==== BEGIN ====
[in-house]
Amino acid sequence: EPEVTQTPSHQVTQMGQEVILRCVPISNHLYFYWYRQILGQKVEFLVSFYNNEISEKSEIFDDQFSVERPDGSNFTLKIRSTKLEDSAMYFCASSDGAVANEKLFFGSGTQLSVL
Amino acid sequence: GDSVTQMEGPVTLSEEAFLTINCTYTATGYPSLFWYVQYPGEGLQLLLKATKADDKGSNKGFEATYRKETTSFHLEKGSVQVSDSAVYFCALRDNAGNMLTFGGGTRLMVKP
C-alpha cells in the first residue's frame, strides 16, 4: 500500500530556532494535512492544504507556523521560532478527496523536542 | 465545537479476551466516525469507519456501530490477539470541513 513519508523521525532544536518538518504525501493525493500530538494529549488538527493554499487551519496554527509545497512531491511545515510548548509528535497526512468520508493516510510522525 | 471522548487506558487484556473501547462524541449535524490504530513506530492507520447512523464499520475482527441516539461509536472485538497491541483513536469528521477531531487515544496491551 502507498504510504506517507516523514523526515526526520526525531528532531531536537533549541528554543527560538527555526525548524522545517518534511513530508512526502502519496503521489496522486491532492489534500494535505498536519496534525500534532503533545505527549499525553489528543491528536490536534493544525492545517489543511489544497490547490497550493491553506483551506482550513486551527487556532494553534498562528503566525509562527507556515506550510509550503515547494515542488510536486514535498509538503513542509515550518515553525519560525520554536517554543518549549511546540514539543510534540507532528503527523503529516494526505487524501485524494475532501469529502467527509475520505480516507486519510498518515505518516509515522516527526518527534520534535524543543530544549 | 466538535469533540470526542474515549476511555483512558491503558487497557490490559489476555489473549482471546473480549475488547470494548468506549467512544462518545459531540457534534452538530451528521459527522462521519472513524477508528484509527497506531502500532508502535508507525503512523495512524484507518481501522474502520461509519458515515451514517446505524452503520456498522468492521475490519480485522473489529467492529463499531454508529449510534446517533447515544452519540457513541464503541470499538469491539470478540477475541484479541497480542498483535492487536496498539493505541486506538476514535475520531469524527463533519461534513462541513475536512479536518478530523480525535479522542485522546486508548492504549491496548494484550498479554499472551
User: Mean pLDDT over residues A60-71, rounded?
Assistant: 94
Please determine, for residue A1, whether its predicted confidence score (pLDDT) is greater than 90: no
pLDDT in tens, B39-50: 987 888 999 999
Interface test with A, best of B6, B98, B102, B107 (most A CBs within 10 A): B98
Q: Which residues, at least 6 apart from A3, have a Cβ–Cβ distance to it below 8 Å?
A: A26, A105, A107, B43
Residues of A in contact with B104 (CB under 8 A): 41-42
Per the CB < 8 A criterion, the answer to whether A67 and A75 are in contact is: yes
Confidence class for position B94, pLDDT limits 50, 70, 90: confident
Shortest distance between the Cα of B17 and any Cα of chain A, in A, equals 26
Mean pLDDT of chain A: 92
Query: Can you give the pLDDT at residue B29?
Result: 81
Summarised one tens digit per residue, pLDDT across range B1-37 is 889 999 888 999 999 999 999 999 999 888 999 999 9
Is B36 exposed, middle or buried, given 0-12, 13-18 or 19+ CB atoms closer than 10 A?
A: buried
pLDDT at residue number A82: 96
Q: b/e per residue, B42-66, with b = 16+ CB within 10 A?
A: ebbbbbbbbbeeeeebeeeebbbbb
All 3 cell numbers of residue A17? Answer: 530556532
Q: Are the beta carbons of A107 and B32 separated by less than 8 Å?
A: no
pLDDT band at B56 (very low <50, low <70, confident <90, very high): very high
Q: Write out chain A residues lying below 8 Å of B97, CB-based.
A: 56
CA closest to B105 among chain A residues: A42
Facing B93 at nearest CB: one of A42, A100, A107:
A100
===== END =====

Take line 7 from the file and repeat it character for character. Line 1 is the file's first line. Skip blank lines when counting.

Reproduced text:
Please determine, for residue A1, whether its predicted confidence score (pLDDT) is greater than 90: no